night cableThe Night Cable. I use my smartphone as an alarm clock, which means it spends the night charging up on my night stand. Unfortunately, the wall socket is kind of far away, so I needed a charging cable longer than what’s in the box. The Night Cable is a full 10 feet long, made of very durable material and, best of all, features a weighted knot just a few inches from the end. That way, I never have to silently shake my fist as it falls – once again – behind the table.

All of these gifts will please the convenience-loving techie on your list. Here’s hoping you find something great, and enjoy your holiday.

Feel welcome to explore our previous Gift Giving Guides for even more ideas: 2007, 2008, 2009, 2010, 2011, 2012, 2013, 2014 and 2015.

Being organized about computer security

Decision fatigue is always a potential problem when you’re uncluttering. You can get to the point where you’ve made so many decisions that making any more seems like more than you can handle. When you find yourself at that point, it’s time to take a break.

While I’ve often read about (and had experiences with) decision fatigue over the years, I recently read about a somewhat related concept: security fatigue, defined as “a weariness or reluctance to deal with computer security.”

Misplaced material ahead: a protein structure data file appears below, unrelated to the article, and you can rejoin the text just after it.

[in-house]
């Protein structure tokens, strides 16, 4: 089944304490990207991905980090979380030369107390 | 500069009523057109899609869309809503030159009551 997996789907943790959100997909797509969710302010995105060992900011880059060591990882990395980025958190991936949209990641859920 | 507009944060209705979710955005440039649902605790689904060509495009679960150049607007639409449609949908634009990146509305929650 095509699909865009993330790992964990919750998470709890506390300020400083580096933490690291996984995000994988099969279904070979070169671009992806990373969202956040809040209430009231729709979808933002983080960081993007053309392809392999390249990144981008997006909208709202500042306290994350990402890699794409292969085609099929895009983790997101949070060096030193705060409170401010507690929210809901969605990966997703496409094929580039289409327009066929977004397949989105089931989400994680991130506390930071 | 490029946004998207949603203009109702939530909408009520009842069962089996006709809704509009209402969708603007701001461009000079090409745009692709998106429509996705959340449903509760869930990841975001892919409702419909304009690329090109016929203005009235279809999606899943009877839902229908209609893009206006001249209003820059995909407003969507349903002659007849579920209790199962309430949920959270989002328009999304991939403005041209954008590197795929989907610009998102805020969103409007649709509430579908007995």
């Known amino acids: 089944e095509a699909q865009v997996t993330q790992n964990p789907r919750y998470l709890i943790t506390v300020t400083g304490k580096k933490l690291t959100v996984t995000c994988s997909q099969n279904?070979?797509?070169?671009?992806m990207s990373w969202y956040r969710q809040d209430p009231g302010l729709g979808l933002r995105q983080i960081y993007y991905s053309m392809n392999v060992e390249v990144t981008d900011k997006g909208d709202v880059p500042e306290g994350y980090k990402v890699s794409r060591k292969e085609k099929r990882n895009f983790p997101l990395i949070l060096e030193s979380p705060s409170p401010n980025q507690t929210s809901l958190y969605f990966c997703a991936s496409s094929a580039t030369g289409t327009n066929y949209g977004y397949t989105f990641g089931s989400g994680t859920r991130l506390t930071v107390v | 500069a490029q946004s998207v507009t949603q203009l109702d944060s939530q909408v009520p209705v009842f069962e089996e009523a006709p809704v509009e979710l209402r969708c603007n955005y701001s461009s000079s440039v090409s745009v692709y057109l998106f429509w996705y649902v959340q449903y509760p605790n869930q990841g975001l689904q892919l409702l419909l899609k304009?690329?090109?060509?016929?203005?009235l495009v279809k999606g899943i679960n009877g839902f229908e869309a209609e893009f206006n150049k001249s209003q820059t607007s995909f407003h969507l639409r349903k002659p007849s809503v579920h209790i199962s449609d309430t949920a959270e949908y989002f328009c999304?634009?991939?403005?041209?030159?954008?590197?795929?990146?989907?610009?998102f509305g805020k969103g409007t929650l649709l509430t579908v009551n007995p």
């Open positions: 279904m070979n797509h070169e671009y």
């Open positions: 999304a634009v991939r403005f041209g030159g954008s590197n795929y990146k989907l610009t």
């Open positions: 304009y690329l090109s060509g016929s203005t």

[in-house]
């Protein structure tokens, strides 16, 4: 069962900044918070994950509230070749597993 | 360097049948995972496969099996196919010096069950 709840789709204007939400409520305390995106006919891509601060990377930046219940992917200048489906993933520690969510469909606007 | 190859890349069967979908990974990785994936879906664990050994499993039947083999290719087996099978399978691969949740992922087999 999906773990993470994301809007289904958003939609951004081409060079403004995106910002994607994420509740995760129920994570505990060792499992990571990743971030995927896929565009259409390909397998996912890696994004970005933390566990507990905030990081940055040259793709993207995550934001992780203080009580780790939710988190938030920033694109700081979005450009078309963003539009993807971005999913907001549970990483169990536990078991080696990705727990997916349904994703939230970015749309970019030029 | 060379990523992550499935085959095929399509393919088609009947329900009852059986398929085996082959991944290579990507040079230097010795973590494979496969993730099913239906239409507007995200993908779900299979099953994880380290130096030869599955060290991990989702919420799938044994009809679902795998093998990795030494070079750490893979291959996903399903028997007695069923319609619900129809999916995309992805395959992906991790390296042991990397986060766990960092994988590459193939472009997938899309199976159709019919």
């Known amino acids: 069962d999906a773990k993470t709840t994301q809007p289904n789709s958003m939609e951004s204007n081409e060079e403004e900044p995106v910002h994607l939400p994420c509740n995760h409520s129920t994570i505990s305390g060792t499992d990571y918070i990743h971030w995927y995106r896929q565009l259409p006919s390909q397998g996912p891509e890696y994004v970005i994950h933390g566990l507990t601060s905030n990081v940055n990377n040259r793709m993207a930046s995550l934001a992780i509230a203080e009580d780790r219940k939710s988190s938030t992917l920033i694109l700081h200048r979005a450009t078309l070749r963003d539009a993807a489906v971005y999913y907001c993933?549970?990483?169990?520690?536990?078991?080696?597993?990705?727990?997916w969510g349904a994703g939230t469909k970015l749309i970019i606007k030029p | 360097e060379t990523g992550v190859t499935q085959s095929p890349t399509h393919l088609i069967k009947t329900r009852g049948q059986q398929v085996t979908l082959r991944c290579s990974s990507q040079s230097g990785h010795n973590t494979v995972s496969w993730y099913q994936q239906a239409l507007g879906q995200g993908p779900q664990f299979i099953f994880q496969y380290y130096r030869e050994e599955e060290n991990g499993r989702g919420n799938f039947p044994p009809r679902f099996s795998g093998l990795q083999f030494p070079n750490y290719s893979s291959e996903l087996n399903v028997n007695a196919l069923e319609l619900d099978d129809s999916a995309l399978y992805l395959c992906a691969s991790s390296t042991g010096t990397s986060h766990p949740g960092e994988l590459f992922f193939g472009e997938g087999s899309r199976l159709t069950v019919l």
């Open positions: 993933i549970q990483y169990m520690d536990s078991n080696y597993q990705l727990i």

After updating your password for the umpteenth time, have you resorted to using one you know you’ll remember because you’ve used it before? Have you ever given up on an online purchase because you just didn’t feel like creating a new account?

If you have done any of those things, it might be the result of “security fatigue.” …

A new study from the National Institute of Standards and Technology (NIST) found that a majority of the typical computer users they interviewed experienced security fatigue that often leads users to risky computing behavior at work and in their personal lives.

If you give into security fatigue, you really do put your information at risk. The following are some ways to make it a bit easier to use good security:

Prioritize your important accounts

You may have heard the advice that you should never reuse passwords. But in a 2010 interview with Ben Rooney of Tech Europe, security expert Bruce Schneier indicated that might be going a bit overboard:

“I have some very secure passwords for things that matter — like online banking”, he says. “But then I use the same password for all sorts of sites that don’t matter. People say you shouldn’t use the same password. That is wrong.”

Don’t try to remember all your passwords

There are two ways to avoid relying on your memory. The first is to use a password management program. I use 1Password, but other people like LastPass, KeePass, or one of the other available choices. A password manager can store your passwords (and your answers to security questions) so you don’t need to remember them all.

If you don’t want to use a password manager, writing your passwords down can be okay, too — Schneier has actually recommended that. I’ve had my wallet stolen, so I wouldn’t feel good about keeping my list of passwords there (as he recommends) unless I did something to obscure the password, as suggested by Paul Theodoropoulos in a blog post.

But keeping a list of passwords in a file folder with an innocuous name might be fine. Or you could write them inside a random book, as another blogger suggested.